Glass artist Deborah Appleby relies mainly on commissioned works for income. “If I depended on people walking into the gallery, I’d be dead,” she says. Her commission earnings are nonetheless all over the map. This year she’ll make glass Christmas ornaments for $15 apiece, as well as intricate glassworks for the St. Gregory Hotel in Washington, D.C. The charge: $15,000 total.
photograph by Tom Nutter
Three local products are earning big bucks in the big leagues. Caesar Rodney graduate Ian Snell, a promising second-year pitcher for the Pittsburgh Pirates, gets $408,000 in 2007. Kevin Mench, a product of St. Mark’s High School and the University of Delaware, is now a Milwaukee Brewer. He’ll earn $3.4 million this year. Wilmington-born John Mabry of the Colorado Rockies picks up $750,000. Brian McFall, starting right fielder for the Wilmington Blue Rocks, collected a $385,000 signing bonus when the Kansas City Royals drafted him in the third round in 2003. Now he earns $1,400 monthly from April through September. Sadly, chunky mascot Rocky Bluewinkle makes a paltry $65 dollars per game.
The Butcher, the Baker, The Candlestick Maker
A meat cutter at the Family Butcher Shop in Dagsboro earns $10 an hour, according to owner Elizabeth-Anne Adams. John Delveccio, owner of Delveccio’s Bakery in Fenwick Island, makes $40,000 year. A part-time employee at Delveccio’s makes $8 an hour. A cake decorator goes double-layer: $16 an hour. James Snowden, owner of Snowden Candles in Harrington, makes $100,000 a year from his three stores in Delaware and the export of his candles across the land. He says a single store manager makes $30,000.
Dewey Caron, a UD etymology professor and president of the Delaware Beekeepers Association, says most Delaware beekeepers are part-timers, earning supplemental income by selling honey and renting out colonies to pollinate fruit orchards. Honey fetches a few bucks via roadside produce stands, but renting out a bee colony will bring in about $100.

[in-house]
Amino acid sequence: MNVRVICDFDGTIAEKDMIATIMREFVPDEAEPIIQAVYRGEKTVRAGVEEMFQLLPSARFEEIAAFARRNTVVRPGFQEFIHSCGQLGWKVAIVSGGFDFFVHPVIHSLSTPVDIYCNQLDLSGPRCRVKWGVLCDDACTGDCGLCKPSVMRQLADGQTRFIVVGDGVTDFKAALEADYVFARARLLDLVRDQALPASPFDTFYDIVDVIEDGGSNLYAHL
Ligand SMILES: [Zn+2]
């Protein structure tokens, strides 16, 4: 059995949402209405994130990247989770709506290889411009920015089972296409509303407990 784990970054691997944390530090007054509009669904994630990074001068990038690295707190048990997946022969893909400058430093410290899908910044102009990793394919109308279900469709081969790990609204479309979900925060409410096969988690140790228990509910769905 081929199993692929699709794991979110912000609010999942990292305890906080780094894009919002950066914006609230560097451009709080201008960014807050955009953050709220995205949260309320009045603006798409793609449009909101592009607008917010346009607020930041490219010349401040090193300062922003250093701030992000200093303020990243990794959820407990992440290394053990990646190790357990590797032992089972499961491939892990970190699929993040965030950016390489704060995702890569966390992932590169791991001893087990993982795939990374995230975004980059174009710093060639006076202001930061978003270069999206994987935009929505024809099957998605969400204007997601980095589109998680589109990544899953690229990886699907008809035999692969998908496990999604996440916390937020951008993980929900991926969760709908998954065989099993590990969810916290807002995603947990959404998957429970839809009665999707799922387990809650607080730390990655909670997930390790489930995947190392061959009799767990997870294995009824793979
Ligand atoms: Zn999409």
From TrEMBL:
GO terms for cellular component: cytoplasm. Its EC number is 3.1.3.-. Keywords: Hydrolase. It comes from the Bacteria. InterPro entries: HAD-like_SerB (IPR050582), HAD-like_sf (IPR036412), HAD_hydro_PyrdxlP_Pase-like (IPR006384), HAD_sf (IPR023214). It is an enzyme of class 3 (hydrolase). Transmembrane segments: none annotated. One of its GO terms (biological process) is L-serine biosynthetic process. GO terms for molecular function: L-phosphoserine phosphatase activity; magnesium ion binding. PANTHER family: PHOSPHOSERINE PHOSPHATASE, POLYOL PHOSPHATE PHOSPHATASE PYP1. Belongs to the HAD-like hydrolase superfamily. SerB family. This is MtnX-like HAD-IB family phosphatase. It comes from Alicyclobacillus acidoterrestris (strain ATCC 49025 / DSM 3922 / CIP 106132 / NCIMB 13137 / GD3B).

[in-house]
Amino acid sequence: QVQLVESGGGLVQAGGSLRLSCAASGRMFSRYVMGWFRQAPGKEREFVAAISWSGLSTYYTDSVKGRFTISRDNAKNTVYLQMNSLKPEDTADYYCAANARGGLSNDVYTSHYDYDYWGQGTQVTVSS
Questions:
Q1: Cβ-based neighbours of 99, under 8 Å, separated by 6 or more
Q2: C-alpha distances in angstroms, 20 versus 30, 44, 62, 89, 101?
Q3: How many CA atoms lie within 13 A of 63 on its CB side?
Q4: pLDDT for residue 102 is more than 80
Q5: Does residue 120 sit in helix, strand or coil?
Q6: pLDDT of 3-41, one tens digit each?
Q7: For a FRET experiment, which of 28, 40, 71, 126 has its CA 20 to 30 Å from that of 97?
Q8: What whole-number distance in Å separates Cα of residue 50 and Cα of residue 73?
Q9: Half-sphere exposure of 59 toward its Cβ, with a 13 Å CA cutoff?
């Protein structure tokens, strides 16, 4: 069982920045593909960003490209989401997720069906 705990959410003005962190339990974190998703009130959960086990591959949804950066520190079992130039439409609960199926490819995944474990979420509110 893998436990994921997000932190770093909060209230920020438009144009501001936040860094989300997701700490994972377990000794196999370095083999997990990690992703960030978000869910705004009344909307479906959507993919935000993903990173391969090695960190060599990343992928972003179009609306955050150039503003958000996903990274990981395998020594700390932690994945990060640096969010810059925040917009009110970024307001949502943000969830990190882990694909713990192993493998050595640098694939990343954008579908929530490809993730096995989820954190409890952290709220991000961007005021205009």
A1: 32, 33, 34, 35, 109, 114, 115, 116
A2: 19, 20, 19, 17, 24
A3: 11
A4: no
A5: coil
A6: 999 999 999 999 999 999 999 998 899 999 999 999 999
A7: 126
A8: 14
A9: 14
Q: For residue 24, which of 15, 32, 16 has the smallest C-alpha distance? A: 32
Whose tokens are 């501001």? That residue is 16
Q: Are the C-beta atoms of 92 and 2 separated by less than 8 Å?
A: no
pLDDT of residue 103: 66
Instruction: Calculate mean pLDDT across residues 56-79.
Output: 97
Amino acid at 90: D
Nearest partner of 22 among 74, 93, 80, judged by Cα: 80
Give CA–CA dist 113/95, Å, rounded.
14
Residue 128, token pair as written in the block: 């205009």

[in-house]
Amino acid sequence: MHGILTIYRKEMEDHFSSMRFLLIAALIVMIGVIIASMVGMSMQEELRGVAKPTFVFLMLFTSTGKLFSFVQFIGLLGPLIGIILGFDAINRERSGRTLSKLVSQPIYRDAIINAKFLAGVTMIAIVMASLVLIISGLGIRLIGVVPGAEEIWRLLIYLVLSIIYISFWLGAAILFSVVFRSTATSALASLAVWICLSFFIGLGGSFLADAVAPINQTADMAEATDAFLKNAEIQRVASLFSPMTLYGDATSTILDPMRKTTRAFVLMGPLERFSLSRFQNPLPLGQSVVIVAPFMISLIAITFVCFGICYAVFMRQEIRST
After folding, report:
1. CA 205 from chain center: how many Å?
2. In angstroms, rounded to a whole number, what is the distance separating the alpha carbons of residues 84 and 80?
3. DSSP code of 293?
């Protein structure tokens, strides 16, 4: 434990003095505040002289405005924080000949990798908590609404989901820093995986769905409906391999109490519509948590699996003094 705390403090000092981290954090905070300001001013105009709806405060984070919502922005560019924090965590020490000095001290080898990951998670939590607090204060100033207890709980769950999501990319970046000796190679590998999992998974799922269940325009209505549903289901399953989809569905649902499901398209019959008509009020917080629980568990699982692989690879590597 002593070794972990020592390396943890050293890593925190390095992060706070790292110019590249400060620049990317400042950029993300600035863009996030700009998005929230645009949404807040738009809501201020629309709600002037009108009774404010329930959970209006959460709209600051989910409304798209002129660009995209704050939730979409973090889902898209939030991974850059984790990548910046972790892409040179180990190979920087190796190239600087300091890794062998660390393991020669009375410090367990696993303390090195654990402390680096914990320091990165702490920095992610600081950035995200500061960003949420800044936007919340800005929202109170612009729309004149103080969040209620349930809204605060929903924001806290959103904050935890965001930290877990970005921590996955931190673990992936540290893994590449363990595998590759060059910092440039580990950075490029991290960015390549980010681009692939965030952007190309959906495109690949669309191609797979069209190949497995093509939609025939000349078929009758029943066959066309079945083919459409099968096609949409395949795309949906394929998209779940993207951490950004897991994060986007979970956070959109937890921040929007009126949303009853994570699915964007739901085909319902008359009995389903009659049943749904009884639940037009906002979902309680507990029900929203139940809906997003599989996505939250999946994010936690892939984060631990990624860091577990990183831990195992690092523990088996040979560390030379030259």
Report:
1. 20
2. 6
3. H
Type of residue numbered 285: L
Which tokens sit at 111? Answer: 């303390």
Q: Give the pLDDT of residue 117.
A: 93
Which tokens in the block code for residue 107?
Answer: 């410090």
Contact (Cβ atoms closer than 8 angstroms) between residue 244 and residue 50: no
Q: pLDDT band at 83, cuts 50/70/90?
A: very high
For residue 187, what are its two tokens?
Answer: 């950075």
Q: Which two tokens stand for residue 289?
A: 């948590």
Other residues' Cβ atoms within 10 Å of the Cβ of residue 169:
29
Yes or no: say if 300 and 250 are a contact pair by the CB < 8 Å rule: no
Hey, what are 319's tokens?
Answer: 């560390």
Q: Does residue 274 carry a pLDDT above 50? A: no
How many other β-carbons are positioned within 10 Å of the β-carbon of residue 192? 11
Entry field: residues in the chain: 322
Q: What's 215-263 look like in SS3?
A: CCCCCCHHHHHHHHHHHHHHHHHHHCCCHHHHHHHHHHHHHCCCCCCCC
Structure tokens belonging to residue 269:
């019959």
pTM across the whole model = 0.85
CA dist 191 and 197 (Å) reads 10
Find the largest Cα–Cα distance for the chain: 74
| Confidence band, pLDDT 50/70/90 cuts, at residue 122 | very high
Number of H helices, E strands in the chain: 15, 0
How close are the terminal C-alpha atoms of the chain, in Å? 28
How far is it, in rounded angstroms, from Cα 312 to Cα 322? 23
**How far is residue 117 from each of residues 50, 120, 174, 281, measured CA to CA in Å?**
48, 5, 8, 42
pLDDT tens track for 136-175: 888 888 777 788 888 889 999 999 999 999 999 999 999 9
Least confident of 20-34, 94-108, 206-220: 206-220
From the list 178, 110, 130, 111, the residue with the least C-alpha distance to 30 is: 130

Popular Newark cover band Chorduroy rakes in $3,000 to $5,000 for private parties, on top of earnings for nightclub performances.
Reggy, the pot-bellied purple party dude, cashes in with $5,000 per appearance. The alter-ego of Wilmington’s Chris Bruce, Reggy appears at baseball games, corporate events and weddings on behalf of former Phillie Phanatic Dave Raymond of Raymond Entertainment Group.
Wanna take a dip in the frog pond at Rehoboth Beach’s famous boardwalk? First-year employees who live in special Funland dormitories earn a salary of $265 per week (room and board included). All other ride and game attendants start at $7.50 an hour, with sweet opportunities for an end-of-the-summer bonus. It’s not taffy.
Tough-as-nails climbing instructors at the Delaware Rock Gym in Bear make $8 an hour, according to owner Matt McCorquodale.
An enterprising kayak instructor will fetch $30 to $50 an hour, says manager Mike Littlejohn of East of Maui in Dewey Beach. Training sessions typically last two hours, so a busy instructor—running five sessions a day, five days a week—could pull in almost $10,000 for the summer, dude.
At Newark’s popular Empowered Yoga, instructors make anywhere from $25-$75 per class depending on the amount of students, according to founder Johnny Gillespie.